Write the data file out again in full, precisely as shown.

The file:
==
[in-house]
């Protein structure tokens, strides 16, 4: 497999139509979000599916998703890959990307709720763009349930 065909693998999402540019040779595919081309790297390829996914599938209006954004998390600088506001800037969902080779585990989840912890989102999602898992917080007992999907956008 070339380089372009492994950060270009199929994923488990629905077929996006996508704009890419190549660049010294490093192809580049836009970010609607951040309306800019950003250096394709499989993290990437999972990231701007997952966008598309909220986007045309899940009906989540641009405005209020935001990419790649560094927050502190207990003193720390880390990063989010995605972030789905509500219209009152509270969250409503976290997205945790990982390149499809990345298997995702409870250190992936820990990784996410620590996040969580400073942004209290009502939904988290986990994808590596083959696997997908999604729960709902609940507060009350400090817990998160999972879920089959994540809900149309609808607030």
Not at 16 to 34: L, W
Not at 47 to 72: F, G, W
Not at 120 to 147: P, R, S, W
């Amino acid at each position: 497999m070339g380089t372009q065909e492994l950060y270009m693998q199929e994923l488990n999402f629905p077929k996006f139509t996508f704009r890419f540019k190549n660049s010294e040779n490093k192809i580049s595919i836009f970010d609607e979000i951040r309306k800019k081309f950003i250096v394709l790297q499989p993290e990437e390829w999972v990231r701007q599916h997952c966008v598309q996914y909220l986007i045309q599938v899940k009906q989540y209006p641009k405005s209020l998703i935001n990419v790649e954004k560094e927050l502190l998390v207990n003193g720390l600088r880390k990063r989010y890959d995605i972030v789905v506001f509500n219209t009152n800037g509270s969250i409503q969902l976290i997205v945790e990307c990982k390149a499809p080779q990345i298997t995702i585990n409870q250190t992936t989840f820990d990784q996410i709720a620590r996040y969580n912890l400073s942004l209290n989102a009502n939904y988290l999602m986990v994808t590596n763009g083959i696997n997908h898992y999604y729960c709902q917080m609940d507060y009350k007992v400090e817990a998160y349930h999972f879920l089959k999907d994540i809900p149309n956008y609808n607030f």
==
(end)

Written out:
[in-house]
């Protein structure tokens, strides 16, 4: 497999139509979000599916998703890959990307709720763009349930 065909693998999402540019040779595919081309790297390829996914599938209006954004998390600088506001800037969902080779585990989840912890989102999602898992917080007992999907956008 070339380089372009492994950060270009199929994923488990629905077929996006996508704009890419190549660049010294490093192809580049836009970010609607951040309306800019950003250096394709499989993290990437999972990231701007997952966008598309909220986007045309899940009906989540641009405005209020935001990419790649560094927050502190207990003193720390880390990063989010995605972030789905509500219209009152509270969250409503976290997205945790990982390149499809990345298997995702409870250190992936820990990784996410620590996040969580400073942004209290009502939904988290986990994808590596083959696997997908999604729960709902609940507060009350400090817990998160999972879920089959994540809900149309609808607030």
Not at 16 to 34: L, W
Not at 47 to 72: F, G, W
Not at 120 to 147: P, R, S, W
């Amino acid at each position: 497999m070339g380089t372009q065909e492994l950060y270009m693998q199929e994923l488990n999402f629905p077929k996006f139509t996508f704009r890419f540019k190549n660049s010294e040779n490093k192809i580049s595919i836009f970010d609607e979000i951040r309306k800019k081309f950003i250096v394709l790297q499989p993290e990437e390829w999972v990231r701007q599916h997952c966008v598309q996914y909220l986007i045309q599938v899940k009906q989540y209006p641009k405005s209020l998703i935001n990419v790649e954004k560094e927050l502190l998390v207990n003193g720390l600088r880390k990063r989010y890959d995605i972030v789905v506001f509500n219209t009152n800037g509270s969250i409503q969902l976290i997205v945790e990307c990982k390149a499809p080779q990345i298997t995702i585990n409870q250190t992936t989840f820990d990784q996410i709720a620590r996040y969580n912890l400073s942004l209290n989102a009502n939904y988290l999602m986990v994808t590596n763009g083959i696997n997908h898992y999604y729960c709902q917080m609940d507060y009350k007992v400090e817990a998160y349930h999972f879920l089959k999907d994540i809900p149309n956008y609808n607030f």